TWC: Medium: Collaborative: Know Thy Enemy: Data Mining Meets Networks for Understanding Web-Based Malware Dissemination

 
 Tina Eliassi-Rad
 Phone: (848) 445-8851 
 Department of Computer Science   Fax : (732) 445-0537 
 Rutgers University   Email: tina AT eliassi.org; eliassi AT cs.rutgers.edu 
 110 Frelinghuysen Road, Piscataway, NJ 08854   Webpage: http://eliassi.org 

This material is based upon work supported by the National Science Foundation under Grant No. CNS-1314603. Any opinions, findings, and conclusions or recommendations expressed in this material are those of the author(s) and do not necessarily reflect the views of the National Science Foundation.

1. GENERAL INFORMATION

1.1. Abstract

Link to NSF abstract

How does web-based malware spread? We use the term web-based malware to describe malware that is distributed through websites, and malicious posts in social networks. We are in an arms race against web-based malware distributors; and as in any war, knowledge is power. The more we know about them, the better we can defend ourselves. Our goal is to understand the dissemination of web-based malware by creating "MalScope," a suite of methods and tools that uses cutting-edge approaches to build spatiotemporal models, generators and sampling techniques for malware dissemination. From a scientific point of view, this project brings together two disciplines: Data Mining and Network Security. The outcome is a suite of novel, sophisticated, and scalable techniques and models that will enhance our understanding of malware dissemination at a large scale. We use two types of web-based malware dissemination data: (1) user machines accessing dangerous sites and downloading web-based malware; and (2) Facebook users being exposed to malicious posts. We already have and will continue to obtain more data from our industry partners (e.g., Symantec's WINE project), open-access projects, or collect on our own (e.g., MyPageKeeper).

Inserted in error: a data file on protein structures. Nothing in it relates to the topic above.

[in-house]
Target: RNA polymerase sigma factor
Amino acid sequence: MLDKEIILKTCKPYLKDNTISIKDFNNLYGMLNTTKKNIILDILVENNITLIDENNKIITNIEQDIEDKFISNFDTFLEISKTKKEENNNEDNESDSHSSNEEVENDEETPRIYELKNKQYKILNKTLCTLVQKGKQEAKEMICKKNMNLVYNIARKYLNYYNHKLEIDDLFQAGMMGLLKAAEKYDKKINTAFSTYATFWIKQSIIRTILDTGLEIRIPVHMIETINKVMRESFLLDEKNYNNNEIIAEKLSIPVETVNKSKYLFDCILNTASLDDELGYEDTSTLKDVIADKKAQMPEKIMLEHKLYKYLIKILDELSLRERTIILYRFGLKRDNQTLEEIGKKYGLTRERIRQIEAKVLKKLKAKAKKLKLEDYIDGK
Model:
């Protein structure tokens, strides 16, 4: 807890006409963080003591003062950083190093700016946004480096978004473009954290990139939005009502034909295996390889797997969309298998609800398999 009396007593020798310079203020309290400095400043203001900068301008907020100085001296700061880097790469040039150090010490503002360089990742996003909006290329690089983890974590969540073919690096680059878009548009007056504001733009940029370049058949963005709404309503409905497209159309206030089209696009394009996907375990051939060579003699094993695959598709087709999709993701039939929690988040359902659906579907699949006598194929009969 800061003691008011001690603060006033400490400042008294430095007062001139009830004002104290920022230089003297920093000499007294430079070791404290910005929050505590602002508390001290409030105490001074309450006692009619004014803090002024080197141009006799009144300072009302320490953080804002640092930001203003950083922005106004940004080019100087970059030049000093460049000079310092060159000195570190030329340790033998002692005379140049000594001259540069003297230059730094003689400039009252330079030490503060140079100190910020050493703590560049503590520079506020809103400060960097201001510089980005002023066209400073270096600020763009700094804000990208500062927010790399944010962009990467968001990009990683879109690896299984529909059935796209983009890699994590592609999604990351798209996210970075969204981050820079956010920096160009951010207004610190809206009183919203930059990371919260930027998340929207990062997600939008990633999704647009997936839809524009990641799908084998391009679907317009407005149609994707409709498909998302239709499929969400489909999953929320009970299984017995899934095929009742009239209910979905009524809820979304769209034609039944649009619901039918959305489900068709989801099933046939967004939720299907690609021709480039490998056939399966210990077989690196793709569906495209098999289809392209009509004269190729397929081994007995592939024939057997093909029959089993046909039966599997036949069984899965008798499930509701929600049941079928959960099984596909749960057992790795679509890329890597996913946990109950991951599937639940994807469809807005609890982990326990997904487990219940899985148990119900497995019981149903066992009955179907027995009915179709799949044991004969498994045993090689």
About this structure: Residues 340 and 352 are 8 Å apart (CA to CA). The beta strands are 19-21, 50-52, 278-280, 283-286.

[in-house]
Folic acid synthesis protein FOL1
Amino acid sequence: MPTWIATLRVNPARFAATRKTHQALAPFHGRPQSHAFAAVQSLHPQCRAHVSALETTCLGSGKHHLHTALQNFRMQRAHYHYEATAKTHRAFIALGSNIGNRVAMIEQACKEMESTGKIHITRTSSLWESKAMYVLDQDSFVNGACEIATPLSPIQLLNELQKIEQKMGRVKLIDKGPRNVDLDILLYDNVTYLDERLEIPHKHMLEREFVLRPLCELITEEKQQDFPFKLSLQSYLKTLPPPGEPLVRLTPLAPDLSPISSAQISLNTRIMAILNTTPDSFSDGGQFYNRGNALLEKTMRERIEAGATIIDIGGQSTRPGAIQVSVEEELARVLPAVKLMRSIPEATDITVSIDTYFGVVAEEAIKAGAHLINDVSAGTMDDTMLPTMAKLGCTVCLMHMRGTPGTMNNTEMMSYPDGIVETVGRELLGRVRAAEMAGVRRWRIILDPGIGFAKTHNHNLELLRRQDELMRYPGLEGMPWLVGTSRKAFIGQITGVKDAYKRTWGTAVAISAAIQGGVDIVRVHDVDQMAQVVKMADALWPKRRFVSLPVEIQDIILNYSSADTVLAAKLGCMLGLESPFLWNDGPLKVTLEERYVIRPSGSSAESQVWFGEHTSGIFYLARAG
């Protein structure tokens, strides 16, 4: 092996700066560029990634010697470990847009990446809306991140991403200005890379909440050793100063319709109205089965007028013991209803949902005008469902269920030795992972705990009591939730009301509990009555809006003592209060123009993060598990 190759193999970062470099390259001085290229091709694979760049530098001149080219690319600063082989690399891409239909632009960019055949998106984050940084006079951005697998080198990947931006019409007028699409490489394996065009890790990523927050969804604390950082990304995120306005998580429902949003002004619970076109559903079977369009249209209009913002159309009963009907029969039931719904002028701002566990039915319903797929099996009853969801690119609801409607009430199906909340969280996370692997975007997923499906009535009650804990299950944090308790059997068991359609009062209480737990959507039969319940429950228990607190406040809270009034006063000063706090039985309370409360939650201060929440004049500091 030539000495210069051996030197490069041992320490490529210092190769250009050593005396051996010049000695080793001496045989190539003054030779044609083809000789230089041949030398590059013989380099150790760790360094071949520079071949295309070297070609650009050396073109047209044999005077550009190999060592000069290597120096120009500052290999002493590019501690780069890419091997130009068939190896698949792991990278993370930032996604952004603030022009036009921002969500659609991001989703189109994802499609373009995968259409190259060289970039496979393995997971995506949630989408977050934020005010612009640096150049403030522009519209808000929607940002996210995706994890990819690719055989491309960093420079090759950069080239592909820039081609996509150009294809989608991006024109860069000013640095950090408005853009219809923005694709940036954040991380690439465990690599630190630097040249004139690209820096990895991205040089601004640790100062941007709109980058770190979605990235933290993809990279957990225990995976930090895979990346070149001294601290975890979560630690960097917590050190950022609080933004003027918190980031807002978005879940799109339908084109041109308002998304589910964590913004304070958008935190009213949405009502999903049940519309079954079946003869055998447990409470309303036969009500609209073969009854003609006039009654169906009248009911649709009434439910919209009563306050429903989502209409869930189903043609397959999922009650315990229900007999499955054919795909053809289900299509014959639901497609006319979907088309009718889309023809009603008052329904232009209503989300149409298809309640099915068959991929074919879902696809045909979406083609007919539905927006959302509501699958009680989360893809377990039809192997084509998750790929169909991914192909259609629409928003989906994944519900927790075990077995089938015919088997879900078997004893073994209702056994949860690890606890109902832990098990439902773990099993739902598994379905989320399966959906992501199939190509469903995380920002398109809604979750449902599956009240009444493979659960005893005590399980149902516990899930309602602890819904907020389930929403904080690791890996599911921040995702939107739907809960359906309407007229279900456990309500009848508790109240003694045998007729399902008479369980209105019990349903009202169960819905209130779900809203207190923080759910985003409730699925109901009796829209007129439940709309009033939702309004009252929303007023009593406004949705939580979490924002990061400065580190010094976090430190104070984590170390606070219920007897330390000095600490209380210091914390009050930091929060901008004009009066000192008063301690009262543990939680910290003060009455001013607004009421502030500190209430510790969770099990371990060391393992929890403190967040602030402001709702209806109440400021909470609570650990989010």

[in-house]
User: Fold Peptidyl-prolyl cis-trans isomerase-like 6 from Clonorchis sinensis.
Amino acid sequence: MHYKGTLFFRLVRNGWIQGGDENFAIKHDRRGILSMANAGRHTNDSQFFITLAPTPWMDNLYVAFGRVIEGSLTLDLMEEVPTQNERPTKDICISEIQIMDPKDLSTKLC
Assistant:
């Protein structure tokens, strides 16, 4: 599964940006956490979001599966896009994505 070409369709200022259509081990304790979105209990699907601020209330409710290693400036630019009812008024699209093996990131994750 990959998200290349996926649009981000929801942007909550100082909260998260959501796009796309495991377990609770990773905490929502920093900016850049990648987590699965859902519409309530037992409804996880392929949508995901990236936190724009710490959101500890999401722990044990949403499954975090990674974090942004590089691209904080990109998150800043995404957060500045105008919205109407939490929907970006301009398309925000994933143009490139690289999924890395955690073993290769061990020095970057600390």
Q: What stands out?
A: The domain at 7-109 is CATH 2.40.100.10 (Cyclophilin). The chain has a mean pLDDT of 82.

The broader impact of our work is that it will enable the development of security solutions for end-users and industry. A 15-minute network outage costs a 200-employee company about $40K, while identity theft costs about $1,500 per person on average. By knowing the enemy better, security researchers and industry can more effectively stop the interconnected manifestations of Internet threats: identity theft, the creation of botnets, and DoS attacks. The PIs have a track record of technology transfer, with collaborators at industrial labs (Yahoo, MSR, Symantec, AT&T, IBM), national labs (LLNL, Sandia), open-source software ("Pegasus"), and spin-off startups (StopTheHacker). Educational impacts include developing a new course, providing publicly available educational material, and open-source software.

1.2. Keywords

Data mining, web-based malware dissemination, graph mining.

1.3. Funding agency

2. PEOPLE INVOLVED

The following professors are co-PIs on this project: The following Rutgers graduate students work on the project:

3. RESOURCES

Papers: Tutorials with co-PIs: Invited talks at conferences and workshops:
All other papers, talks, tutorial slides, and other resources are available here.

Last updated June 21, 2014 by Tina Eliassi-Rad.